The super D steam locomotive was the most popular shunting engine, until it was replaced by diesel traction in 1948.
A typical heavy diesel shunting locomotive which was used by British Railways after the demise of steam power
The line to the Norton Canes Collieries passed under the Lichfield Road bridge, parallel with the Wyrley and Essington Canal. After passing over a bridge to the farmers fields, the line crossed the canal at the Slough, where the waterway turned East.
Crossing the canal at the Slough, the arch to the right was for Big House farm ( Howdle’s) to access the fields which reached as far as Lime lane in Pelsall.
The Slough bridge taken from the top, the lower section and the outside handrails, are from the original bridge construction. The inner handrails, and the upper reinforced concrete section, were added after the Norton branch line closed to rail traffic in 1964. In between the Norton branch closing, and the closure of the Walsall to Lichfield line, Leigh Environmental, trading as Effluent Disposal, used the track bed from the level crossing in Engine lane, down to Norton Junction. After the rail removal, and strengthening of the Slough bridge, large articulated tankers from Effluent Disposal, entered Norton Junction from Engine Lane. The purpose of this was to transfer vast quantities of waste chemicals from rail tankers, which had been collected nationwide and left in the sidings. After transferring the chemicals, the road tankers then drove to the site of the old Walsall Wood Colliery and emptied the chemicals, down the disused pit shaft.
Carrying on along the line towards Norton Canes, the next crossing was in Engine Lane. This was a gated level crossing for the use of the local farmers to access their fields.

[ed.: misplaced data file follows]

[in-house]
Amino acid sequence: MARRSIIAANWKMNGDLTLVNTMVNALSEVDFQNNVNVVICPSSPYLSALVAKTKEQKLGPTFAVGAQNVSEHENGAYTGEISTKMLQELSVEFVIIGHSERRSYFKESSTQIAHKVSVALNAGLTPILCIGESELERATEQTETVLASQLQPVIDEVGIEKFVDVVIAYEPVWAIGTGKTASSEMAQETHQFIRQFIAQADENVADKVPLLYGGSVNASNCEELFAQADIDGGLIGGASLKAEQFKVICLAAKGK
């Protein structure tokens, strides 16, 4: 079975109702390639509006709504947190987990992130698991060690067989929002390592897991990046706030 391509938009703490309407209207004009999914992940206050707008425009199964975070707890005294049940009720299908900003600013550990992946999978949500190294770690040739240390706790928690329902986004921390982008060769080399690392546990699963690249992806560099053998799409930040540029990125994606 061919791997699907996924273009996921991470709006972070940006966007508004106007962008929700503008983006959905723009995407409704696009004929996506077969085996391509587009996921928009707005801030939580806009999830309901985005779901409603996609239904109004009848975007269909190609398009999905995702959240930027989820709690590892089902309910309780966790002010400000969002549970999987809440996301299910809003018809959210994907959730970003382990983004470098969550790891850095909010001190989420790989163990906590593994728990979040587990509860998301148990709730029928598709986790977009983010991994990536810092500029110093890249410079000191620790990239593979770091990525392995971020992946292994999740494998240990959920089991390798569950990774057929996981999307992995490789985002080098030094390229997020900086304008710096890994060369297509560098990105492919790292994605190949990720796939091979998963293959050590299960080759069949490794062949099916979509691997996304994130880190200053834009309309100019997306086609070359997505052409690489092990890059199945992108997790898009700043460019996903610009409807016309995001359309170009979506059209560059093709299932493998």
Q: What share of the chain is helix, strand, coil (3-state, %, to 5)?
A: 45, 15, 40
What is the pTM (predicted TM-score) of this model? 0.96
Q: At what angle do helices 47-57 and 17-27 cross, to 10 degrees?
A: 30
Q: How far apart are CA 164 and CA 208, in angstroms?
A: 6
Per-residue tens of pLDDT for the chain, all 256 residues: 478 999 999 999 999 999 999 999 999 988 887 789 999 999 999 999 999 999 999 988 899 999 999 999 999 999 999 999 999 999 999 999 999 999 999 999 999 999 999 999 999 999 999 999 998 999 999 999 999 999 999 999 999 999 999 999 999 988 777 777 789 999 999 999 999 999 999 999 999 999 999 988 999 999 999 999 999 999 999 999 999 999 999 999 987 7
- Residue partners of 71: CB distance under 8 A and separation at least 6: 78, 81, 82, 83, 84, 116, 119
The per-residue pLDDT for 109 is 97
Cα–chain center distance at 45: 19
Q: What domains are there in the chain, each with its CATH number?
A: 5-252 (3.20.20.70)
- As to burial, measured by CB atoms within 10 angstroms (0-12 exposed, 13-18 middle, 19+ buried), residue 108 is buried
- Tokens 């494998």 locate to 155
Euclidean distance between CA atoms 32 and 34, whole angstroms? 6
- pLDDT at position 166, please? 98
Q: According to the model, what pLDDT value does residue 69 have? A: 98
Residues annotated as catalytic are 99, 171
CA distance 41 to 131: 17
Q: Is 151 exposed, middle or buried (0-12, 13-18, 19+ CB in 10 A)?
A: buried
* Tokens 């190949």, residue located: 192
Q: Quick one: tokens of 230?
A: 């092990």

Site where the level crossing used to be in Engine Lane
Track bed as it is today, looking towards Norton Junction, from Engine Lane. It’s hard to think that this used to be a busy two track railway line. Mother Nature soon reclaims her own.
About 100 yards past the level crossing towards Norton, was a signal box. This box controlled the crossing gates, signals and a set of points, giving access to the branch line for the Grove Colliery, which was in Lime Lane between Pelsall and Norton Canes.
Photo showing the track bed where the branch line to the Grove Colliery goes off to the left and the track bed to the right carries on to Norton Canes.
Carrying on towards Norton the line then passed under the A5 trunk Road, at the Rising Sun
Bridge under the A5 at the Rising Sun
Running parallel with the modern Wilkin housing estate, the redundant track bed, now reduced to a narrow footpath crosses Allbuts Road. A short distance from here a newly erected footbridge takes pedestrians over the recently constructed BNRR or M6 Toll road. Continuing in a gradual downward mode we arrive at Red Lion Lane. Directly opposite the footpath enters the large housing development, and then divides into different directions, serving various roads in the Norton Canes area. This relates to the way that the railway lines were diverted, to serve the many coal mines in this district,when they were all actively working.